From education to employment

Cambridge based Ukrainian student named runner up in national adult student award

Cambridge Regional College (CRC), student, Alex Kravchenko, has been named an Adult Student of the Year Award finalist, as part of the Association of Colleges (AoC) prestigious yearly awards that recognise excellence in the college education sector.

Profoundly deaf, Alex’s personal journey reveals many moments that could have stopped him achieving his personal goals. His determination and commitment to learn two languages, English, and British Sign Language, at the same time have enabled his teaching mentors to showcase his outstanding successes through the nomination. The award highlights the fantastic work that students are doing in colleges as well as the role of colleges in supporting their students.

Fleeing his home country of Ukraine, shortly after the invasion began in early 2022, Alex spent three months in a Dutch refugee camp preparing himself for a new life in the UK by learning British Sign Language. On arrival in England in 2022, he settled in Cambridge and started to build a life for himself, and in September of that year he embarked on an English as a Second or Other Language (ESOL) course at CRC.

Learning the English language in an integrated class whilst increasing his BSL knowledge, which is used to interpret the English classes, Alex has been studying two languages simultaneously and using one to learn the other. Though at times it has been incredibly challenging, he has remained focused and is not shy to ask for help in class. Overcoming adversity just by arriving in the UK, he uses his circumstances and deafness to teach and inspire others, all of which has counted towards the well-deserved nomination.

Alex has given presentations to other classes (for example, Norwegian students studying in college and in other ESOL classes) and has been on the BBC news to talk about his experience and current situation, how he copes with living in a new place and studying two new languages. With the Empowering Deaf Society, he took part in a Ukrainian cultural event where he raised awareness of Ukrainian culture, with a focus on the Deaf culture in Ukraine. And by learning very quickly, he has already moved up a level in ESOL (started at entry 1) and is very proud of his story, progress, and his place at Cambridge Regional College, as are those around him.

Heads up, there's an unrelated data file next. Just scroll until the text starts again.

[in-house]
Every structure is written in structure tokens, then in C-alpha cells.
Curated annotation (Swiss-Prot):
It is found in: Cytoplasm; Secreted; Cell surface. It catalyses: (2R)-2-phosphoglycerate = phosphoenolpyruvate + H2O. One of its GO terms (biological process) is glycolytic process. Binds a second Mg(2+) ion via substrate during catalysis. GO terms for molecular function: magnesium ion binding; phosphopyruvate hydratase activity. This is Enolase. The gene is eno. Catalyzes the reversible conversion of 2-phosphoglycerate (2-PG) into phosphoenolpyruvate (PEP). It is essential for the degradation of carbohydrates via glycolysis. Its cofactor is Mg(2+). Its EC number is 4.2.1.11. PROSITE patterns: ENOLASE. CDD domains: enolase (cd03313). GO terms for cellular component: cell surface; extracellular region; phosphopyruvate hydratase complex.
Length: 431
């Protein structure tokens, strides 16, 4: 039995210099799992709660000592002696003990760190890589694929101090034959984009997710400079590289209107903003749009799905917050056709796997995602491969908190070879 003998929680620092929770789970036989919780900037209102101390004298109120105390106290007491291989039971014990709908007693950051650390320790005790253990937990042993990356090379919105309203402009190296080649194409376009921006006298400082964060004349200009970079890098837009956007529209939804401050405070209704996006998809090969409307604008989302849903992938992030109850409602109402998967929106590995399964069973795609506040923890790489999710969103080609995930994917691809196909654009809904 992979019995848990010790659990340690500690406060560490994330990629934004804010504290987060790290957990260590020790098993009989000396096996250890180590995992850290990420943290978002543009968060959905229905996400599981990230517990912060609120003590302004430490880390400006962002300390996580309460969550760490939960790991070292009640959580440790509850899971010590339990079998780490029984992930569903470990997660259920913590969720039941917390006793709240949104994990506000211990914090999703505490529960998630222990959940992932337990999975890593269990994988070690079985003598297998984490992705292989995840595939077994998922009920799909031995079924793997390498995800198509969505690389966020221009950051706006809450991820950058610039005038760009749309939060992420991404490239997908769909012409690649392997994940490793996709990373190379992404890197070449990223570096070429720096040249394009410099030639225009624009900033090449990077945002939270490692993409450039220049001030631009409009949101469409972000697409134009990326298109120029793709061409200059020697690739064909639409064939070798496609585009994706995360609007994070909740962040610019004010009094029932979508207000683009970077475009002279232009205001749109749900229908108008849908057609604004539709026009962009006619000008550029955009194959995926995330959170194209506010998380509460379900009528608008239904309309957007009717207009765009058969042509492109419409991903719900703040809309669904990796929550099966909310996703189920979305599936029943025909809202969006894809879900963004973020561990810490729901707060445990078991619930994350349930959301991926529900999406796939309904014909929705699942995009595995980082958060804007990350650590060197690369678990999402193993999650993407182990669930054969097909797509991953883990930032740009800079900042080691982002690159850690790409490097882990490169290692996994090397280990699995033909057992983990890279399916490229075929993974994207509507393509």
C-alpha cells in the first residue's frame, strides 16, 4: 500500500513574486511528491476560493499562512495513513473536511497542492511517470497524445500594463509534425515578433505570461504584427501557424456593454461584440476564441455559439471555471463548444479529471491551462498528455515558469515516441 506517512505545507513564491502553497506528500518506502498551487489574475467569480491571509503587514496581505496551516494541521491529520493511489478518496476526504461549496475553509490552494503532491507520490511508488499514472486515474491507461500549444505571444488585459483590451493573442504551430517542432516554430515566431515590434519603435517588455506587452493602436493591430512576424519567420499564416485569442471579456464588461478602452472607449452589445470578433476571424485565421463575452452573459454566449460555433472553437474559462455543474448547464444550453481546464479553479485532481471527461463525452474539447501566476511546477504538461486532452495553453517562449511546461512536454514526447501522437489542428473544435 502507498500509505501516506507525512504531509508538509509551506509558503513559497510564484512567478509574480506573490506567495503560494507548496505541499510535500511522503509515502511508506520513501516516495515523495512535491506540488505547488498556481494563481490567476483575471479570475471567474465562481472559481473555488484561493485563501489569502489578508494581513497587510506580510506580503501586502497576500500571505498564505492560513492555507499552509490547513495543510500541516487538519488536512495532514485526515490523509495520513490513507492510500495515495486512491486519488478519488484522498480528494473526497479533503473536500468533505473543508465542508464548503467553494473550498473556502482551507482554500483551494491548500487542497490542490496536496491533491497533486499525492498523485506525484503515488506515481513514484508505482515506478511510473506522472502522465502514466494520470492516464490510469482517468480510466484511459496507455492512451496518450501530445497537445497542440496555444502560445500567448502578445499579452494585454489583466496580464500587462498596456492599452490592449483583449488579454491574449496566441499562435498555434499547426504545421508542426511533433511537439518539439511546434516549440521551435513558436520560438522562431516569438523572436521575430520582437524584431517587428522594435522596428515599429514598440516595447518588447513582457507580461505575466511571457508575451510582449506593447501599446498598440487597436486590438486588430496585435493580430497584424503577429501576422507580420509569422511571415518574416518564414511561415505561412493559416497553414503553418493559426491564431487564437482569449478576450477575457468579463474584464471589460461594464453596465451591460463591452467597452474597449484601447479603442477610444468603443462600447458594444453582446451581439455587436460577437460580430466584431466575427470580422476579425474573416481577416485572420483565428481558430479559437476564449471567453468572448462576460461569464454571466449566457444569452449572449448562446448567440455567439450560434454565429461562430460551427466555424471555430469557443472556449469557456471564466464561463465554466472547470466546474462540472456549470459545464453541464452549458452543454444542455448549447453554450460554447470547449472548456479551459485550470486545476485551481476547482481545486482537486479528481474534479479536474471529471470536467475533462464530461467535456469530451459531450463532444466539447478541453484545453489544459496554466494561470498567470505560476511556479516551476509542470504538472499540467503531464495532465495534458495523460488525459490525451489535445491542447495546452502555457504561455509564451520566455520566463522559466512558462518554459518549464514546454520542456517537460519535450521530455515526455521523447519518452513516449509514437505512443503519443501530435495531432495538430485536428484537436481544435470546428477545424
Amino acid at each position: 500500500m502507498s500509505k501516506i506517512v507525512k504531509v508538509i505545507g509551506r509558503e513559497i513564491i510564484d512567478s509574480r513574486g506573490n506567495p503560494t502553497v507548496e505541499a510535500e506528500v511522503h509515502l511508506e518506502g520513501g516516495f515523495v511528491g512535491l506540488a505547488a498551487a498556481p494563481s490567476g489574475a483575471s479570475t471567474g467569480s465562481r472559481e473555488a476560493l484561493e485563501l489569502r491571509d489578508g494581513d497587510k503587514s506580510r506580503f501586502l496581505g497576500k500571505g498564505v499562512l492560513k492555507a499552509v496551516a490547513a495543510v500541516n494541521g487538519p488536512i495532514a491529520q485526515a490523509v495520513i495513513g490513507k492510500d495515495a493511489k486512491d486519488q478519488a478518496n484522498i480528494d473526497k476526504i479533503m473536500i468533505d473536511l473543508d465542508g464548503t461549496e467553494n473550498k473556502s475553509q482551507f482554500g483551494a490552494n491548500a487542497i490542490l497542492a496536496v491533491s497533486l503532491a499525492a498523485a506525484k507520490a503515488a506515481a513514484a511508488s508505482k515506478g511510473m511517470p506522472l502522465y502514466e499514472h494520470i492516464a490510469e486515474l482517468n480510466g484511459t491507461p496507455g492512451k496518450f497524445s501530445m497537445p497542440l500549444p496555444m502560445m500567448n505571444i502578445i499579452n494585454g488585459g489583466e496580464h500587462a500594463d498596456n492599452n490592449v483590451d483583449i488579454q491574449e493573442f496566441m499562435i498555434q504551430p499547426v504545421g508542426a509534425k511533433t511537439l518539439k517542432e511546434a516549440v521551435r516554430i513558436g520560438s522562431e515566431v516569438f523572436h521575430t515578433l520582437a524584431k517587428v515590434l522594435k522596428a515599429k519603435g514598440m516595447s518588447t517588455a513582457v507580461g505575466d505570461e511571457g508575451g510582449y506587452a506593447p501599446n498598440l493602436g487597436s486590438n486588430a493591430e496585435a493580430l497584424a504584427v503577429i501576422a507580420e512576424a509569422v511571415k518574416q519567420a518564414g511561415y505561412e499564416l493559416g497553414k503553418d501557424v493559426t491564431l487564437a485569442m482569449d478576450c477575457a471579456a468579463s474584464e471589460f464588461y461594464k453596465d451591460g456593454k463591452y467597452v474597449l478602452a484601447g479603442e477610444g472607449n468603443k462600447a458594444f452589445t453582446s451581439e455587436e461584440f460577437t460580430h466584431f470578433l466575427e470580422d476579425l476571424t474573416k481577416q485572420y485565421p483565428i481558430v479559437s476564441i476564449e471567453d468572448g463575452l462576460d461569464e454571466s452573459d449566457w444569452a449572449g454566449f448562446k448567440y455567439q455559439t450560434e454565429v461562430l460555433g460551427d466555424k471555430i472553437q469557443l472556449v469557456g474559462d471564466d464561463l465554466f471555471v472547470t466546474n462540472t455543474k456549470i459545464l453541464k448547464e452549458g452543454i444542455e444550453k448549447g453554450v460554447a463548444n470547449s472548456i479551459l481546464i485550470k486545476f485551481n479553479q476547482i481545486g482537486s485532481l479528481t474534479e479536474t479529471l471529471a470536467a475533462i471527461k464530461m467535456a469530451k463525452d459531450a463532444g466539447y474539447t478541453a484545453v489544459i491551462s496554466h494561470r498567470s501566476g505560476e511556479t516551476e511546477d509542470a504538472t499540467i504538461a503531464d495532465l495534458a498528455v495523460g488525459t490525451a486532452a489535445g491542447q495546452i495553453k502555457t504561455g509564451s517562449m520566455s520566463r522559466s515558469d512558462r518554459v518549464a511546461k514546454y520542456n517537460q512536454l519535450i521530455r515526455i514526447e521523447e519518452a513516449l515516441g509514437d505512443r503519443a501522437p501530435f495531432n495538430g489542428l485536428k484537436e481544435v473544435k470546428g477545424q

Jonathan Ingham, Head of ESOL, International, Adult English & Maths at CRC, says:

“Alex is proof that with motivation and a ‘never give up’ attitude any challenge can be beaten. Despite the barriers, he is an inspiration to the deaf community for his advocacy work, and has encouraged people to

undertake BSL training, he is an inspiration to fellow refugees who are facing tough times, and he is an inspiration to the teaching staff who are so proud of the journey he has taken.

“Alex takes on life with a smile and an optimistic outlook. He works hard to ensure that time isn’t wasted, and opportunities aren’t missed. His commitment to study both British Sign Language and the English language is amazing, and his growth is truly staggering. We have no doubt he has difficult days, but he never lets that get him down. He has an infectious personality that rubs off on others he meets, both at college and in the wider community. It is difficult to really reflect in words how much of an incredible young man he is.”

The judging panel is made up of members of the AoC Charitable Trust Board and AoC President, and the awards ceremony was held at the Association of Colleges’ Annual Conference in Birmingham on the 14th November. The occasion displays the ways that colleges are transforming the lives of more than two million people across England and how vital colleges are to the future of the British economy in the 21st century.

Cambridge Regional College is a leading further education college with campuses in Cambridge and Huntingdon. The college is graded Good by Ofsted and Strong for Skills. It provides a wide range of vocational learning opportunities for students leaving school with vocational study programmes, apprenticeships, and higher education through to adults looking to upskill, gain qualifications, get back into the workforce or start a new hobby.

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